Towed sensors are known as “floating” points of compliance, as they move with the dredging operation. While these can be attached directly to the dredging equipment, they can also be deployed on a buoy system a set distance away from the dredge location. The buoy systems then move with the dredge as the project progresses, remaining the same distance away from the active dredging site.
For accurate data, all sensors should be calibrated shortly before the project begins. If using a buoy-based system, the platforms should be fully assembled on shore prior to deployment. This includes attaching any sensors, towers, solar panels, and additional ballast weights if needed. Furthermore, the complete turbidity monitoring system (sensors, data logger, telemetry, software) should be tested before the buoy is put in the water. While this process ensures that all equipment is functioning within specifications, it also gives everyone the chance to familiarize themselves with the system prior to deployment. Issues are always easier to deal with before the buoy platform is deployed in the water.
A buoy-based system must be moored to ensure that it remains stationary. It is recommended to moor the buoy in the deepest part of the waterway to ensure the most inclusive measurements. This allows for multiple measurement depths and will best reflect the characteristics of the water body as a whole. Buoy-based systems are typically moored as either a single-point or two-point mooring, based on environmental and application-specific factors.
Learn more in the Buoy Mooring section.
A major part of any monitoring project is collecting and accessing the data. While it is possible to simply record measurements onsite, the ability to log, send and view monitoring data in real time is far more efficient.
Learn more in the Monitoring Equipment section.
Accurate data ensure that dredging operations remain in compliance with set regulations. To maintain that accuracy and keep equipment functioning within specifications, best practice recommends cleaning and calibrating the instruments at regular intervals. It is also recommended to cross-check sensor accuracy against a separate instrument. This cross-checked data can then be used to show compliance against an EPA-approved method, if needed.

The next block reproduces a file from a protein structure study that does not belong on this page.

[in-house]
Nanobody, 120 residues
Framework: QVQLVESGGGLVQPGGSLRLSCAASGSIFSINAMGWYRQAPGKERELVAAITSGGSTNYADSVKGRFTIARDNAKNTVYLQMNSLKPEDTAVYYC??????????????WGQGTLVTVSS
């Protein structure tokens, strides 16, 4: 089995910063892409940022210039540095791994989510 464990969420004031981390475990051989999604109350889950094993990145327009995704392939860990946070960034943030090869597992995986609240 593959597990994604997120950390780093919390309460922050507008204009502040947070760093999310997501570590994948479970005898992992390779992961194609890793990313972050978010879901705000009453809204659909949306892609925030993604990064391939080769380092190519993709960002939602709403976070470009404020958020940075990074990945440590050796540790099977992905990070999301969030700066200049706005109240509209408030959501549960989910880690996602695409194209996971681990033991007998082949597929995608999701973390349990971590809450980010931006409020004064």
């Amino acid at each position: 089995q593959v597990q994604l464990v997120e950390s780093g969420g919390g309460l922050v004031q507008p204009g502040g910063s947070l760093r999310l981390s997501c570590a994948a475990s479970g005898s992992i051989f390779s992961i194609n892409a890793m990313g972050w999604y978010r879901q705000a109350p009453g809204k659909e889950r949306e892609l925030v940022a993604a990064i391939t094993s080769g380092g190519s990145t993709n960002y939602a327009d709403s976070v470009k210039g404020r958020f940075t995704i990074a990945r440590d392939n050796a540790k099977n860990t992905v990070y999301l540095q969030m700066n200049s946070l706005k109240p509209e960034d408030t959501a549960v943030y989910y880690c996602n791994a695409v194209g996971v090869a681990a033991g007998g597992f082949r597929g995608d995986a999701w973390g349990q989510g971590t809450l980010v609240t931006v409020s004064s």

Regardless of the turbidity equipment chosen to monitor a dredging site, periodic maintenance and calibration is required. Instrument maintentence includes cleaning the instruments (especially if a sensor is not self-wiping), and replacing any deteriorating o-rings to prevent water ingress. If using additional parameter sensors (such as conductivity), further field servicing may be required. Maintenance intervals are largely dependent on site conditions and other variables, such as the potential for biofouling. Common calibration and maintenance intervals are on a weekly or bi-weekly basis.
Turbidity sensors usually require a two-point calibration — one at 0 NTU/FNU and another at a higher turbidity value (often 126 NTU/124 FNU). The 0 NTU value can be obtained using de-ionized water, though 0 NTU/FNU standard solutions do exist. The high range calibration should use an approved standard such as a commercial or prepared Formazin, or commercial AMCO-AEPA standards. For greater accuracy and a wider range, turbidity sensors can follow a three-point calibration (e.g. 0 NTU, 100 NTU, and 1000 NTU). Regardless of the number of points used, it is important to always include 0 NTU/FNU as the first point. For best results, use only freshly prepared or purchased turbidity standard, as they degrade over time. Any diluted standard should only be used on the day it is made.